Yesterday's issue of the journal Science witnessed the publication of a new report stating that forests worldwide are presently experiencing a troubling increase in the death rates of their big and rather old trees.
The specialists who looked into this issue explain that, interestingly enough, it is not just forests that are losing their trees. Thus, their studies have shown that woodlands, savannas, agricultural lands and even urban areas are starting to “shed” their 100-300 years old trees.
Professor Bill Lawrence, presently working with the James Cook University, wished to stress the fact that, “It is a very, very disturbing trend.”
“We are talking about the loss of the biggest living organisms on the planet, of the largest flowering plants on the planet, of organisms that play a key role in regulating and enriching our world.”
As this leading ecologist explains, large and old trees stand at the core of both natural and man-dominated environments, meaning that they provide animals with food and shelter.
Moreover, they are in the business of storing significant amounts of carbon, which is why no longer having them around will make it ever more difficult to cope with climate change and global warming.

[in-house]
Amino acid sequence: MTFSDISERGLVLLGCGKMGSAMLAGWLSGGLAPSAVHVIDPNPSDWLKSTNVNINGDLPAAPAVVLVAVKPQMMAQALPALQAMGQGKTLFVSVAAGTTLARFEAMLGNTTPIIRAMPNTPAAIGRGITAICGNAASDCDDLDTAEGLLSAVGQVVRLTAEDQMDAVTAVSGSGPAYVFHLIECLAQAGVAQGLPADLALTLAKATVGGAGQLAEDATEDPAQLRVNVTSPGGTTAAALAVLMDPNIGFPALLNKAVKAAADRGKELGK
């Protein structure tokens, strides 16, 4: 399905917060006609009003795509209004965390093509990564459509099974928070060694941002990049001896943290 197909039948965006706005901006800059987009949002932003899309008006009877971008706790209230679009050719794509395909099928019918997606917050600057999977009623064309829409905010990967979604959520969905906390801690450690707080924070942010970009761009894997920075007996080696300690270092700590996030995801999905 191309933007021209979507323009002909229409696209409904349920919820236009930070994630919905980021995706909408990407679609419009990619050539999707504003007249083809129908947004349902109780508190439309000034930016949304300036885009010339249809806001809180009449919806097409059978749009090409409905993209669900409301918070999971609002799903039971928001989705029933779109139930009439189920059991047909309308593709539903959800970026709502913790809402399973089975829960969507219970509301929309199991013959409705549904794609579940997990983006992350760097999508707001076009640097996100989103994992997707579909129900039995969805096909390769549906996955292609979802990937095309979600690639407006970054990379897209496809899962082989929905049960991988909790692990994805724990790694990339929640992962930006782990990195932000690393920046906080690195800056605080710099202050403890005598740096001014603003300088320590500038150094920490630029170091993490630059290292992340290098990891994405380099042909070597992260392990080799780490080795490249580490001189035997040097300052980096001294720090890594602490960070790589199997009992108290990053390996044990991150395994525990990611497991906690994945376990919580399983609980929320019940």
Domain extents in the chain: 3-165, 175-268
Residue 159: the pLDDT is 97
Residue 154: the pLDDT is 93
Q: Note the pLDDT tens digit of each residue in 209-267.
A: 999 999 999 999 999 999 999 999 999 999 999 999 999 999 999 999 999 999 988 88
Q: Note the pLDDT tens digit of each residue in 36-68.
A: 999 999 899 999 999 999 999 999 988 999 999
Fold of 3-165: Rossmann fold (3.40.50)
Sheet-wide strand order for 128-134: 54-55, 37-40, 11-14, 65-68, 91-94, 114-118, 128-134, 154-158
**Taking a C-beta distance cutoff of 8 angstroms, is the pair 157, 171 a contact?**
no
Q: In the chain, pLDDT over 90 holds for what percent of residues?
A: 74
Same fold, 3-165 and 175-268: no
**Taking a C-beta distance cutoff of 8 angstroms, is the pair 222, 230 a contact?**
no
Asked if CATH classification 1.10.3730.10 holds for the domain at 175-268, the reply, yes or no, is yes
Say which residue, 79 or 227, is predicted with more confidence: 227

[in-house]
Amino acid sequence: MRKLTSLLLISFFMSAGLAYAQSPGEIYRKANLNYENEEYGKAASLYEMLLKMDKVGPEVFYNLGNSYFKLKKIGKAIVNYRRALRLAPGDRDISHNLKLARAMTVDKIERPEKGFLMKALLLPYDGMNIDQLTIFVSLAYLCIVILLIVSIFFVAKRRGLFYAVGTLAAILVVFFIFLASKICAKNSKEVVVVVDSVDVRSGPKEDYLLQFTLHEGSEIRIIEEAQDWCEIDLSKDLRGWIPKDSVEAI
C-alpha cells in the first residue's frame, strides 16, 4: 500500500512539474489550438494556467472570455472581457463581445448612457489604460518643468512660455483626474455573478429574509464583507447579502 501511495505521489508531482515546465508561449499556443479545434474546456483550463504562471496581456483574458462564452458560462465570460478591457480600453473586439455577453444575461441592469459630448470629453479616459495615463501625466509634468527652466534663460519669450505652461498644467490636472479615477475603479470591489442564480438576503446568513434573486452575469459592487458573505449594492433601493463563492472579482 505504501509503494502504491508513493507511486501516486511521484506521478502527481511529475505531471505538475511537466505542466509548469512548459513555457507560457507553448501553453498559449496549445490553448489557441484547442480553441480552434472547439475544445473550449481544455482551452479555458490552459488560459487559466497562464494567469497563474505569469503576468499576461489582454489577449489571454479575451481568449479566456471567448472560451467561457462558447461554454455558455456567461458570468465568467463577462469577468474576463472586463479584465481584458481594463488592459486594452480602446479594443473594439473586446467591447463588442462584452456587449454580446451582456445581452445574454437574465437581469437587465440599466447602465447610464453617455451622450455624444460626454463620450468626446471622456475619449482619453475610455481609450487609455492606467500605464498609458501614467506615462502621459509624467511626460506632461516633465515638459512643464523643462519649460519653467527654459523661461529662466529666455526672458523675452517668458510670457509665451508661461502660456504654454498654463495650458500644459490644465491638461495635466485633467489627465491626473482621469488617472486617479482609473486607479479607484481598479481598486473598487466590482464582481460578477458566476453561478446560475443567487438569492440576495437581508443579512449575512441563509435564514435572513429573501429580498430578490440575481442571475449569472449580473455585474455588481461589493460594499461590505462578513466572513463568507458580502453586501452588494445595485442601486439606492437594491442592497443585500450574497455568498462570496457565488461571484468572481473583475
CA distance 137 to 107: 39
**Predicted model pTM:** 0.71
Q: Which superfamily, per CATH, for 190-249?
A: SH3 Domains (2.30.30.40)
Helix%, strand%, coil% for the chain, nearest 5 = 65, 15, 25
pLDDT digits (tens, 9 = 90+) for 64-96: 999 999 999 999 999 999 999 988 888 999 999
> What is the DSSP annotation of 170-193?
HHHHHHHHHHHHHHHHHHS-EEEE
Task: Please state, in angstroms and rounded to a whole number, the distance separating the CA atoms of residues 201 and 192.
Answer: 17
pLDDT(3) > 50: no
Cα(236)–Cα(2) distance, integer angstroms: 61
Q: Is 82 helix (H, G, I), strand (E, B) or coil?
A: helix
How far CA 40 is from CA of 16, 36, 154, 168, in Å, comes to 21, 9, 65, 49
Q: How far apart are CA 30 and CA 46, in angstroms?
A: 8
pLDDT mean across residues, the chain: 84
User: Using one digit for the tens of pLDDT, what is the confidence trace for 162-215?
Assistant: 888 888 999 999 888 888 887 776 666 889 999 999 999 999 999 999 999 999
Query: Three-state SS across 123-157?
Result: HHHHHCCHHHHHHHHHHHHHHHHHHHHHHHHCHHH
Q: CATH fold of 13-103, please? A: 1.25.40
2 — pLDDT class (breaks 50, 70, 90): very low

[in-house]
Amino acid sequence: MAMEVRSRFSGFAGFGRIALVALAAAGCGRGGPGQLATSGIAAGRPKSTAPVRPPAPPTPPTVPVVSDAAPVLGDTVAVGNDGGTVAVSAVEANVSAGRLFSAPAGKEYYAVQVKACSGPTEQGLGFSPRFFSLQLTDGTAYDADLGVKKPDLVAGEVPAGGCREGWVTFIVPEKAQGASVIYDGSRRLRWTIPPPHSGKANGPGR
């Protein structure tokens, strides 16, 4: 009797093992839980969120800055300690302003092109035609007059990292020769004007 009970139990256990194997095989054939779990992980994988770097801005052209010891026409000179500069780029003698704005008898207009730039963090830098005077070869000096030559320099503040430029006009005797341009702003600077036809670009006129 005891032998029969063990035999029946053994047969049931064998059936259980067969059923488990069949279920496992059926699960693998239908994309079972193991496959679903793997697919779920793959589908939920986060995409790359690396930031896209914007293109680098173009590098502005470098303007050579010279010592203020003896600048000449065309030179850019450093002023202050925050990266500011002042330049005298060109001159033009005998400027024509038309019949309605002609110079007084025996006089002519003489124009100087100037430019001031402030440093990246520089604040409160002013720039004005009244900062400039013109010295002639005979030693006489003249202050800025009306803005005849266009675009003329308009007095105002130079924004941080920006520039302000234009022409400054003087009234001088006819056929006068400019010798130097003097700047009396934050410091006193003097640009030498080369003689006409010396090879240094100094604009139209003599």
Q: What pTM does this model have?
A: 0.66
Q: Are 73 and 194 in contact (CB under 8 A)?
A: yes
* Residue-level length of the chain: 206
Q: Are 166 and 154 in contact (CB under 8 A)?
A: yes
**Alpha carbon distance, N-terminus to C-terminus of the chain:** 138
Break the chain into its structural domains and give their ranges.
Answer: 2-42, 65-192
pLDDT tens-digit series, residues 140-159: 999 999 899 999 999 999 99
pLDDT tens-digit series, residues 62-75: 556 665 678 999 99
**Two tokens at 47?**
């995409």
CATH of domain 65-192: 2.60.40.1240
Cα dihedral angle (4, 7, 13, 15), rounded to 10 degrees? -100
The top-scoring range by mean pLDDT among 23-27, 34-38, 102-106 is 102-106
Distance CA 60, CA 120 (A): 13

Although further research is needed, it seems that the planet's losing its large trees is partly due to the ongoing changes in terms of global weather conditions, and to insect attacks.
Science Daily quotes the study's lead author, Professor David Lindenmayer, who wished to draw attention to the fact that, “"It's a worldwide problem and appears to be happening in most types of forest.”
“Research is urgently needed to identify the causes of rapid losses of large old trees and strategies for improved management. Without policy changes, large old trees will diminish or disappear in many ecosystems, leading to losses of their associated biota and ecosystem functions,” he and his colleagues went on to add.